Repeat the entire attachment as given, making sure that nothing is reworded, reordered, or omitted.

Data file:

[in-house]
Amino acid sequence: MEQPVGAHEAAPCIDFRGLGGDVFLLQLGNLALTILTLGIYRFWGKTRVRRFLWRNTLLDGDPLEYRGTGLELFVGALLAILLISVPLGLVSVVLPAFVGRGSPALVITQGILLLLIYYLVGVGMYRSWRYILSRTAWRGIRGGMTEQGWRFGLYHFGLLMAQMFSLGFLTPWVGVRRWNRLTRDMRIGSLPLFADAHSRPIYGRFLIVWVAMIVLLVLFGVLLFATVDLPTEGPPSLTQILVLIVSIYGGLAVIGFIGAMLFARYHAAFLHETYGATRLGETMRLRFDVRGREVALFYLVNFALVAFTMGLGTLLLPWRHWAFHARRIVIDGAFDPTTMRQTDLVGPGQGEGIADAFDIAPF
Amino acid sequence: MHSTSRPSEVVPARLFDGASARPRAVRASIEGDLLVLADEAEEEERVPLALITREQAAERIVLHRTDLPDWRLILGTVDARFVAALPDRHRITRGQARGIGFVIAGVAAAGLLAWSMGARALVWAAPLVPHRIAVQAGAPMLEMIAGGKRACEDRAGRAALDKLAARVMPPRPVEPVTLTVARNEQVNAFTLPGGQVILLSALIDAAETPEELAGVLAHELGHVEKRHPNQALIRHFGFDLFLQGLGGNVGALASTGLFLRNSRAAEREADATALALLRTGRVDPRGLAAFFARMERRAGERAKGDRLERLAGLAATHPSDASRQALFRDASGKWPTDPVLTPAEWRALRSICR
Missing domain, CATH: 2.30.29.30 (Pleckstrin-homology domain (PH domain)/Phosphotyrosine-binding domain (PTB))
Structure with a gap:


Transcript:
[in-house]
Amino acid sequence: MEQPVGAHEAAPCIDFRGLGGDVFLLQLGNLALTILTLGIYRFWGKTRVRRFLWRNTLLDGDPLEYRGTGLELFVGALLAILLISVPLGLVSVVLPAFVGRGSPALVITQGILLLLIYYLVGVGMYRSWRYILSRTAWRGIRGGMTEQGWRFGLYHFGLLMAQMFSLGFLTPWVGVRRWNRLTRDMRIGSLPLFADAHSRPIYGRFLIVWVAMIVLLVLFGVLLFATVDLPTEGPPSLTQILVLIVSIYGGLAVIGFIGAMLFARYHAAFLHETYGATRLGETMRLRFDVRGREVALFYLVNFALVAFTMGLGTLLLPWRHWAFHARRIVIDGAFDPTTMRQTDLVGPGQGEGIADAFDIAPF
Amino acid sequence: MHSTSRPSEVVPARLFDGASARPRAVRASIEGDLLVLADEAEEEERVPLALITREQAAERIVLHRTDLPDWRLILGTVDARFVAALPDRHRITRGQARGIGFVIAGVAAAGLLAWSMGARALVWAAPLVPHRIAVQAGAPMLEMIAGGKRACEDRAGRAALDKLAARVMPPRPVEPVTLTVARNEQVNAFTLPGGQVILLSALIDAAETPEELAGVLAHELGHVEKRHPNQALIRHFGFDLFLQGLGGNVGALASTGLFLRNSRAAEREADATALALLRTGRVDPRGLAAFFARMERRAGERAKGDRLERLAGLAATHPSDASRQALFRDASGKWPTDPVLTPAEWRALRSICR
Missing domain, CATH: 2.30.29.30 (Pleckstrin-homology domain (PH domain)/Phosphotyrosine-binding domain (PTB))
Structure with a gap: